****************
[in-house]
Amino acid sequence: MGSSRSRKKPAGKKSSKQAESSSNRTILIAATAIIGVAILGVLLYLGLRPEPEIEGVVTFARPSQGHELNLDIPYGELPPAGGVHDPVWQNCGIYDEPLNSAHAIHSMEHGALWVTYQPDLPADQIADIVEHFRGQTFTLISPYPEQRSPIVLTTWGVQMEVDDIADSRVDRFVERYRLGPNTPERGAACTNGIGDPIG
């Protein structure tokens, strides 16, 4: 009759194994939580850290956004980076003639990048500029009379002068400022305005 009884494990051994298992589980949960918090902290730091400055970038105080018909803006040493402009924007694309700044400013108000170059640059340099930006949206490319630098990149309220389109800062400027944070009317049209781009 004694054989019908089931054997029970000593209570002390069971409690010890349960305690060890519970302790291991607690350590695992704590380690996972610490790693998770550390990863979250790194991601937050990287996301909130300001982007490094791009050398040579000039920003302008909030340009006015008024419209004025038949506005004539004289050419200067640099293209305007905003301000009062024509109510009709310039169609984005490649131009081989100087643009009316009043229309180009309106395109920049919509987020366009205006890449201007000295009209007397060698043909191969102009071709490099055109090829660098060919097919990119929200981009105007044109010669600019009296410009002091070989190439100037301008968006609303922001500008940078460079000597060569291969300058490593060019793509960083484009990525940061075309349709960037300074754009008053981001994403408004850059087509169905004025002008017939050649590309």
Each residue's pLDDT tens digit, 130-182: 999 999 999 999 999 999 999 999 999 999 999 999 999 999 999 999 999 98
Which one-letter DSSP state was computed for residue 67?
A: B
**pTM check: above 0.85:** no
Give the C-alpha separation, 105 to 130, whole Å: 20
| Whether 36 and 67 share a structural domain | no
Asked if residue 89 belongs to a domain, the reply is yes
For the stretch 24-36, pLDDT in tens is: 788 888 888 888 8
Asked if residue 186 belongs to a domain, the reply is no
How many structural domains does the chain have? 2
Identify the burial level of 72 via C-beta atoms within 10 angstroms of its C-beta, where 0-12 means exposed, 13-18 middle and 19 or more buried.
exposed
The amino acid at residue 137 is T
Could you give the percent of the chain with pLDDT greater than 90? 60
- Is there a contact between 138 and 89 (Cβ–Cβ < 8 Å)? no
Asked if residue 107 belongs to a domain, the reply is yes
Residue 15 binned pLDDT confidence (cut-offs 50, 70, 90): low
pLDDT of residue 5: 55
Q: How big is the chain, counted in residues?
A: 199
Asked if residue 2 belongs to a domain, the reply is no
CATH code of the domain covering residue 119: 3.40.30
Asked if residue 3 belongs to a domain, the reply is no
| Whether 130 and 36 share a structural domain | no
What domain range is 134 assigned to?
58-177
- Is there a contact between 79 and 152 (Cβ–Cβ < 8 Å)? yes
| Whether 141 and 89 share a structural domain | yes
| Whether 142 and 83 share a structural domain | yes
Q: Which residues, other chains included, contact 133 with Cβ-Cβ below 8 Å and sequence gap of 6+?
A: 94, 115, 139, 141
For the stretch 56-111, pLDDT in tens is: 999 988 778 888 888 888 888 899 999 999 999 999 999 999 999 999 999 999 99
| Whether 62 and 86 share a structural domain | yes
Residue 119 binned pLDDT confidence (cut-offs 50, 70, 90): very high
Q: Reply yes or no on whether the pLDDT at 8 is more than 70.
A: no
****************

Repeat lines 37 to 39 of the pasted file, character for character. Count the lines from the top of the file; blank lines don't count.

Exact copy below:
Residue 119 binned pLDDT confidence (cut-offs 50, 70, 90): very high
Q: Reply yes or no on whether the pLDDT at 8 is more than 70.
A: no